Provide opportunity for companies to raise funds domestically

Deeptha Rajkumar
Namrata Gada

Advantage QIPs

A company

can phase out its QIP and can do 2 QIPs at a 6-month interval.

QIPs are



one has to convert accounts to IFRS; for QIP, audited results are more than enough.

ADRs and

GDRs can be issued only to foreign investors; QIP is primarily issued to Indian institutions.

Mumbai, Sept. 21

Qualified institutional placements (QIPs) are fast gaining ground as an alternative, viable route of raising money for mid-cap companies. Touted as the best method by which any company can go in for a follow-up offering of any kind, it is being viewed as the new mantra to ensure a vibrant onshore private placement equity market.


Only listed companies can opt for the QIP route. A company can phase out its QIP and can do two QIPs at a six-month interval. Also, promoters cannot acquire a stake in the QIP as it is reserved only for institutions such as FIIs, SEBI-registered venture capital funds, mutual funds, insurance companies and other institutional investors.

While Edelweiss Capital can claim first mover advantage given that they were the first company to complete QIP of Rs 46.59 crore for Spentex Industries Ltd, Kotak Investment Bank soon followed close behind doing $75 million placement for Kalpataru Power.

Though Edelweiss and Kotak appear to have set the ball rolling, many other merchant bankers are increasingly indicating their willingness to promote this route as a viable tool for raising funds over depository receipts (ADRs/GDRs), follow-on issues and preferential allotment of equity shares by a company.

GDR market

"QIPs will soon see the small company GDR market get phased out. It provides an opportunity to buy non-locking shares and as such is an easy mechanism if corporate governance and other required parameters are in place," said Mr Naresh Kothari, Head Institutional Equities, Edelweiss. He said going forward one would see more instrument innovation-taking place.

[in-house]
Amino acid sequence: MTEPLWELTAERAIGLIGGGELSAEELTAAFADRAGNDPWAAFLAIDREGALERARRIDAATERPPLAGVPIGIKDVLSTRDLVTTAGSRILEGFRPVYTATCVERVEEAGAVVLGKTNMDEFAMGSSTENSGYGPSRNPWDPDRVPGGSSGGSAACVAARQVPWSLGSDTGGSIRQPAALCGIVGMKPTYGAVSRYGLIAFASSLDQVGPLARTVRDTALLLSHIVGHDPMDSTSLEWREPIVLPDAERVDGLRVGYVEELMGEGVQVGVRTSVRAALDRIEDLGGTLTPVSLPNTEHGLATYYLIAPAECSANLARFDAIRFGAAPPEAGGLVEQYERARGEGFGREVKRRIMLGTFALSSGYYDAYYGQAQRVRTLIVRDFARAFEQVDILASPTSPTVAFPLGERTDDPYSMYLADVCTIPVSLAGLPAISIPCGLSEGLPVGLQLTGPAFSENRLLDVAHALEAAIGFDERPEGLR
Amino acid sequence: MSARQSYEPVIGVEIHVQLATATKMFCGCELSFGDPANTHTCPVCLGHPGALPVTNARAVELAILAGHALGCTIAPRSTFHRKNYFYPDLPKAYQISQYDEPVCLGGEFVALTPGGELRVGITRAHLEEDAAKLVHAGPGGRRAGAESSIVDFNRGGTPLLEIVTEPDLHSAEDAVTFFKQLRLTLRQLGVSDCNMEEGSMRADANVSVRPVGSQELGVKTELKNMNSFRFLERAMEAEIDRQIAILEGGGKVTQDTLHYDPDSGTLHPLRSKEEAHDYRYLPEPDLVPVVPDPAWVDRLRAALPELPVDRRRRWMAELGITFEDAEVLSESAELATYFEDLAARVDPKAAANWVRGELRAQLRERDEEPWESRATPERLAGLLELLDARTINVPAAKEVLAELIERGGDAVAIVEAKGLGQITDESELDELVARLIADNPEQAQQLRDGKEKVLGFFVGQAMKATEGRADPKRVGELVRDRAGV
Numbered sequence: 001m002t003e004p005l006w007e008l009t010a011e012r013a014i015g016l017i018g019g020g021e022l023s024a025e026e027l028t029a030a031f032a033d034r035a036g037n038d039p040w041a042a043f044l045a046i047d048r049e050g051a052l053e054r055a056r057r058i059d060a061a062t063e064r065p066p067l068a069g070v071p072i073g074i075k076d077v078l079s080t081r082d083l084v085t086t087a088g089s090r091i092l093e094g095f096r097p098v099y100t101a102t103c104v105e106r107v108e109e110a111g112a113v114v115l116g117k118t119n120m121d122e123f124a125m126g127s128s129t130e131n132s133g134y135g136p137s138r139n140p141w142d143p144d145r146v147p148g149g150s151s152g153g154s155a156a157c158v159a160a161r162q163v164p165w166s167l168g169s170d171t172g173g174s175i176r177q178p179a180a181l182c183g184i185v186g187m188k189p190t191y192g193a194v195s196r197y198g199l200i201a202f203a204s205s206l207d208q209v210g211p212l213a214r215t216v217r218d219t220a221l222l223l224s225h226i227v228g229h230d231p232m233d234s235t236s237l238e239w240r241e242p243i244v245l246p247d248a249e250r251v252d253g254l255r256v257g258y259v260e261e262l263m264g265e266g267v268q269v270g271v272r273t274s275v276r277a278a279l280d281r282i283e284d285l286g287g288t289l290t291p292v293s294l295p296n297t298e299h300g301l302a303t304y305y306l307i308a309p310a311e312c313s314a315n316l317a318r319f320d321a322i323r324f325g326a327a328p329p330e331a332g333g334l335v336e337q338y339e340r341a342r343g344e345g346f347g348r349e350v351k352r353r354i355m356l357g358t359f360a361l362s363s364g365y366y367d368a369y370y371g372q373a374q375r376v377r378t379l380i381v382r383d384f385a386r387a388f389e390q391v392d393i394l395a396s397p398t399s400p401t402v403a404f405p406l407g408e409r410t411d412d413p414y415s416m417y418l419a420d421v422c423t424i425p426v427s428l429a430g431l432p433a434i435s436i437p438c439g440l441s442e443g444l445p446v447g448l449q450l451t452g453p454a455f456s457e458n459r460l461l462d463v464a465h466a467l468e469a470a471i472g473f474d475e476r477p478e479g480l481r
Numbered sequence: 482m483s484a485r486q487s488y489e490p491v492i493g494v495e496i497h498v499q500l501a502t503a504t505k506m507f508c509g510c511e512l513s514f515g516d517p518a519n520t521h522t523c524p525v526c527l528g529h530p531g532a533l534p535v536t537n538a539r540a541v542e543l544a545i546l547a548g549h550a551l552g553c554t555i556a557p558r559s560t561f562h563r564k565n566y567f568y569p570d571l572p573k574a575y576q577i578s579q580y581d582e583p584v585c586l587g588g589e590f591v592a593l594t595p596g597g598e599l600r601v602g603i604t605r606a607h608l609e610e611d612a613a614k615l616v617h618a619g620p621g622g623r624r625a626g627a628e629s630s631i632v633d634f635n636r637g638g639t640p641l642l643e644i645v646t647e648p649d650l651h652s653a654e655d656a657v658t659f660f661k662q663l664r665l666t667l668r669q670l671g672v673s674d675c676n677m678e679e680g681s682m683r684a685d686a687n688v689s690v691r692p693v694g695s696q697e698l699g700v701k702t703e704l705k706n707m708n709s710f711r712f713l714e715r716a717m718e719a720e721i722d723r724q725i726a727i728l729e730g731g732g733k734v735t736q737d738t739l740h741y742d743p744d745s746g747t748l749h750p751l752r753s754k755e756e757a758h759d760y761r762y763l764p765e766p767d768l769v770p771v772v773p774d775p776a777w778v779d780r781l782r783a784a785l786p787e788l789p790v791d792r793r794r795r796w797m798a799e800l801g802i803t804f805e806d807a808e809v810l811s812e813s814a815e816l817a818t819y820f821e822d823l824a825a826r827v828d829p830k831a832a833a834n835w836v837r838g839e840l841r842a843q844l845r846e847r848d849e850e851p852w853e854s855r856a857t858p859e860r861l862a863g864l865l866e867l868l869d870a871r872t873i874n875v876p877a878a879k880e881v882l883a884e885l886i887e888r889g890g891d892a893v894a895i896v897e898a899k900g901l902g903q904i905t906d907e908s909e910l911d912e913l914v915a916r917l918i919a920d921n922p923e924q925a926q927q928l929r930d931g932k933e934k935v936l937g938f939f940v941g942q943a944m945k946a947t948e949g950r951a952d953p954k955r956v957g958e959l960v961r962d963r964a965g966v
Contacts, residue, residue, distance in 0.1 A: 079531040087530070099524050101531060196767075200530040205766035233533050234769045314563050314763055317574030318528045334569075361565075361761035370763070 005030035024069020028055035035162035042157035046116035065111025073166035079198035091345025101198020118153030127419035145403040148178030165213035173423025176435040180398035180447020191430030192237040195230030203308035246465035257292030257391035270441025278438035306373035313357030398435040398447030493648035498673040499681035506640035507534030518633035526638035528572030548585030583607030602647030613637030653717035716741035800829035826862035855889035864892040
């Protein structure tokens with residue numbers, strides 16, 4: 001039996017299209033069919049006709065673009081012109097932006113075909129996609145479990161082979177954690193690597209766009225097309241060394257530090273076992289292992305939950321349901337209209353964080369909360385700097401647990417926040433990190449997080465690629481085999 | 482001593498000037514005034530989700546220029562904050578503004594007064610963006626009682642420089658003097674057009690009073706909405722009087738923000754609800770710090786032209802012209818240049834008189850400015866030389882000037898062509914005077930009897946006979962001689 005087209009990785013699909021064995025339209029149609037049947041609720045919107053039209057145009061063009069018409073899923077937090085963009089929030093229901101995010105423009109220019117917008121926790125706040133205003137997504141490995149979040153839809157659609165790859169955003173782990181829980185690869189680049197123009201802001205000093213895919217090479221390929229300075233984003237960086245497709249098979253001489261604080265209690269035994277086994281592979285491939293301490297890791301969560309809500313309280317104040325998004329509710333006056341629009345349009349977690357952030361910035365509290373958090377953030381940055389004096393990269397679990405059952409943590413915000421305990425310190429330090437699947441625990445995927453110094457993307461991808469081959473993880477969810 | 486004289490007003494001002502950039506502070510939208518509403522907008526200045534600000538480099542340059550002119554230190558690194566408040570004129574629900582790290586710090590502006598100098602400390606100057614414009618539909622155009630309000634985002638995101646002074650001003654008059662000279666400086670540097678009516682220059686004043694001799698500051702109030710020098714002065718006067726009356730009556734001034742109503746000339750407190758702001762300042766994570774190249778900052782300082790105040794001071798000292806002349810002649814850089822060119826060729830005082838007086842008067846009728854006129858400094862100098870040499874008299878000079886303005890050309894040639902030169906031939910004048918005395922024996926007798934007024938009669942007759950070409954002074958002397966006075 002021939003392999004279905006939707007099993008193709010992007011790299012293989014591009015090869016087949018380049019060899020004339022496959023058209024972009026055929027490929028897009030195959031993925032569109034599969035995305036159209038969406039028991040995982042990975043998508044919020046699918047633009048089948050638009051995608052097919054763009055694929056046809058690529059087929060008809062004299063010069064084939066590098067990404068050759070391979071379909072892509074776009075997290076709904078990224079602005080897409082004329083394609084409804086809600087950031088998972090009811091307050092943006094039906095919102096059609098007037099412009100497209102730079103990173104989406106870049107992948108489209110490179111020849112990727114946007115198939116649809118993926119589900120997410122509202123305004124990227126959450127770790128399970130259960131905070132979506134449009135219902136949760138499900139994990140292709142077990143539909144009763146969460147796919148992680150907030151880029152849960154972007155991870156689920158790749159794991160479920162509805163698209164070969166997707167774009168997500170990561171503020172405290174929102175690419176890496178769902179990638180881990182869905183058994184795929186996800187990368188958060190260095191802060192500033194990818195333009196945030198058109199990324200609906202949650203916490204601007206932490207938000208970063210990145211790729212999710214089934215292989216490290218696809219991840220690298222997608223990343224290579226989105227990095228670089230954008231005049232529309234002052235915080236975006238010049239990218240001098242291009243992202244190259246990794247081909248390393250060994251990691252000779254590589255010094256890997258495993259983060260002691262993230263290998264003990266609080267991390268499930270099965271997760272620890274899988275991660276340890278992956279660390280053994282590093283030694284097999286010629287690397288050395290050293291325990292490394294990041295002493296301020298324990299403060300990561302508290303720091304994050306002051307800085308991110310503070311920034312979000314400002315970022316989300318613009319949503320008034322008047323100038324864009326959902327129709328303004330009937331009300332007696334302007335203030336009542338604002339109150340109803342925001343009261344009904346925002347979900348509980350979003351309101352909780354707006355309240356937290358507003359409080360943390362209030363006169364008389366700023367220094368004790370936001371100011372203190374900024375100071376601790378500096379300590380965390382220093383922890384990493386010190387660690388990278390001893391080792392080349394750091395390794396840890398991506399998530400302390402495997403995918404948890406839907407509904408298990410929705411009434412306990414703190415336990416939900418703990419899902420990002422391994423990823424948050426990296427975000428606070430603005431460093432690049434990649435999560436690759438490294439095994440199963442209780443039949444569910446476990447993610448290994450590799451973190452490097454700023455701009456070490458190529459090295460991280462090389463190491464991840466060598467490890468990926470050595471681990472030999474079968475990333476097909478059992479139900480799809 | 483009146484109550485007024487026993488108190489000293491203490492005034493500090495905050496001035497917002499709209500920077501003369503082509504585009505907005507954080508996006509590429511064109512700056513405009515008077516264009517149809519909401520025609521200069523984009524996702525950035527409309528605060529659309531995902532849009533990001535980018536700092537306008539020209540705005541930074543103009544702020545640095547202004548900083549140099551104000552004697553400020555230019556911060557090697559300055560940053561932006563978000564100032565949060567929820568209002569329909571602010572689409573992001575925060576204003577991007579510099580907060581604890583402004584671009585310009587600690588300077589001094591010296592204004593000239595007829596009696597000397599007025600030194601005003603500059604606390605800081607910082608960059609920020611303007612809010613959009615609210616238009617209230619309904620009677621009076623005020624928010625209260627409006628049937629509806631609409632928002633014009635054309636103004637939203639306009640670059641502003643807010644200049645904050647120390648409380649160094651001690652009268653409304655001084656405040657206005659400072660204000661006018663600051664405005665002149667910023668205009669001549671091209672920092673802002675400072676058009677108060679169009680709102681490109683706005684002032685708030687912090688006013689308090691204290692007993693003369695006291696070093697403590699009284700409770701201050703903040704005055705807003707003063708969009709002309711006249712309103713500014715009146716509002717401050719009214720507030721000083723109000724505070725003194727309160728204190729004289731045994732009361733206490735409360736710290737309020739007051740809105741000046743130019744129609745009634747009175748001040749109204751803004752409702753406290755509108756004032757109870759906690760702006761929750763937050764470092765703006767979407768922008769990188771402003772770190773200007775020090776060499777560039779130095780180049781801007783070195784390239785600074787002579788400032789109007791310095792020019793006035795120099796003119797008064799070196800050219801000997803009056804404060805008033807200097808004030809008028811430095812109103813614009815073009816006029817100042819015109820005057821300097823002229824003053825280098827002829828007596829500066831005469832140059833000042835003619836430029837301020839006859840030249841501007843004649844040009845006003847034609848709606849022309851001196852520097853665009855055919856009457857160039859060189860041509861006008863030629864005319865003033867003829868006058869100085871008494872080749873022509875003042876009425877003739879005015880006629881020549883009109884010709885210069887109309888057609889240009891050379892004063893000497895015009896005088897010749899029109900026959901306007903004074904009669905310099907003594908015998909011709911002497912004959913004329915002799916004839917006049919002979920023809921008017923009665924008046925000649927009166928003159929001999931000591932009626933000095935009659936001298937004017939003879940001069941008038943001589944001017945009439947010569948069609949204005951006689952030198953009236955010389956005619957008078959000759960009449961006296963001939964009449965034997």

Many merchant bankers are of the view that the mid-cap definition could be extended and even say a company with Rs 1,000 crore-1,500 crore market cap can look at this route.


QIPs are also the most cost-efficient route to raise money, adds Mr Vikram Seth, Senior Vice-President, Investment Banking, Edelweiss Capital. "The cost differential vis-à-vis a GDR or FCCB in terms of legal fees, is huge. Then there is the entire process of listing overseas, the fees involved. It is easier to be listed on the BSE/NSE vis-à-vis seeking a say Luxembourg or a Singapore listing.

A QIP would mean that a company would only have to pay incremental fees to the exchange. Additionally in the case of a GDR, you would have to convert your accounts to IFRS (International financial reporting standards) . For a QIP, your audited results are more than enough," Mr Seth said.

Also in the case of a GDR, investors invariably seek fungibility over a period of time to sell off in the domestic market.

"ADRs and GDRs can be issued only to foreign investors and Indian institutions are left out from the benefits of the issue whereas a QIP is primarily issued to Indian institutions," said Mr Chetan Savla, Head Equity Product Group, Kotak Investment Banking.

Another reason is that not more than 50 per cent of the equity can go to one investor. As such mutual funds who are increasingly becoming as large an investor base as FIIs, will now be able to participate in these issuances, thereby, creating a more level playing field.

QIPs are also favourable over preferential allotment of equity shares, as these issues require the investor to stay invested for one year, said Mr Savla.

"Retail investors are not allowed to participate in QIPs unlike follow-on issues and, hence, the valuations of the issue in QIP are better."

"QIPs will over a period of time make an institutional investor more powerful. Companies will have to be a lot more competent and goal oriented," added Mr Kothari.

"QIPs can also avoid the fluctuations in market as against follow-on issues," said Mr Anantapadmanabhan Sarma, Executive Vice-President, IDBI Capital Market Services.

The capital markets regulator had announced fresh guidelines in May for the qualified institutional buyer.

Thus QIPs has provided an opportunity for companies to raise funds domestically, instead of exploring the private placement route out of India through overseas issuances.

(This article was published in the Business Line print edition dated September 22, 2006)
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